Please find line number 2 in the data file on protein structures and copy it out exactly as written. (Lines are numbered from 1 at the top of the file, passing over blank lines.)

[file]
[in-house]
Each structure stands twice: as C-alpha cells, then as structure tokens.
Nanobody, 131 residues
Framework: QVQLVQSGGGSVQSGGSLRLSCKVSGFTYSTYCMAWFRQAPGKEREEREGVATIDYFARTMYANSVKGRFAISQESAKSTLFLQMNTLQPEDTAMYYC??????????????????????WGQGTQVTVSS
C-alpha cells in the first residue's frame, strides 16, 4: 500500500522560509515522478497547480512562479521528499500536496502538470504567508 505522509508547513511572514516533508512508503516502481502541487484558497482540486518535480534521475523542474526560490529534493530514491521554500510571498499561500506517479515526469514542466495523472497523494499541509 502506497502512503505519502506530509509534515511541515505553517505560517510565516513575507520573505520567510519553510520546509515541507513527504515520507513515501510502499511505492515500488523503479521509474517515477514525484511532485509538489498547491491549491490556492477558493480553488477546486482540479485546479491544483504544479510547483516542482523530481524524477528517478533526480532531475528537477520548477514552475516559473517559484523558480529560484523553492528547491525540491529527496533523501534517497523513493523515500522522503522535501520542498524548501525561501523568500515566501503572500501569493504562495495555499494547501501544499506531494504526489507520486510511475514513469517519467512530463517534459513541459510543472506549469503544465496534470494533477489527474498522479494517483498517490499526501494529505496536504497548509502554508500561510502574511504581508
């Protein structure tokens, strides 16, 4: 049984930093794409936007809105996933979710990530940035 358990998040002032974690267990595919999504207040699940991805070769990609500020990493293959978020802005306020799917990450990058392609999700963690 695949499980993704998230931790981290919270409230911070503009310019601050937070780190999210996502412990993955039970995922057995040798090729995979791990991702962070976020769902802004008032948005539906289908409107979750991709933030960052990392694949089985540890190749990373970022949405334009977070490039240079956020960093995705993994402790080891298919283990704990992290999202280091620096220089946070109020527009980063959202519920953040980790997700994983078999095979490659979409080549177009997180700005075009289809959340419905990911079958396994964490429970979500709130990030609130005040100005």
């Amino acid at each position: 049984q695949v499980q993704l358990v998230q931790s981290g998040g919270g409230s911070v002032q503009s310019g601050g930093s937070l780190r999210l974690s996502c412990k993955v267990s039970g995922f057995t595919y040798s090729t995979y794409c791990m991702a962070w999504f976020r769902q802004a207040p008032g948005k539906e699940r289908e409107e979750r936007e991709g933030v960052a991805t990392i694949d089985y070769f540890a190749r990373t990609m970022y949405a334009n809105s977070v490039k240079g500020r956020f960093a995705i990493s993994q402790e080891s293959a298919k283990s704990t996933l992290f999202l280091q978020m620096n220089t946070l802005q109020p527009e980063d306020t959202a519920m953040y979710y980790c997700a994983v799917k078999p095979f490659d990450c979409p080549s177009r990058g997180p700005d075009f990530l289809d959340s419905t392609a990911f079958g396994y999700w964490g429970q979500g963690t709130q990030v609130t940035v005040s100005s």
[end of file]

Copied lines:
Each structure stands twice: as C-alpha cells, then as structure tokens.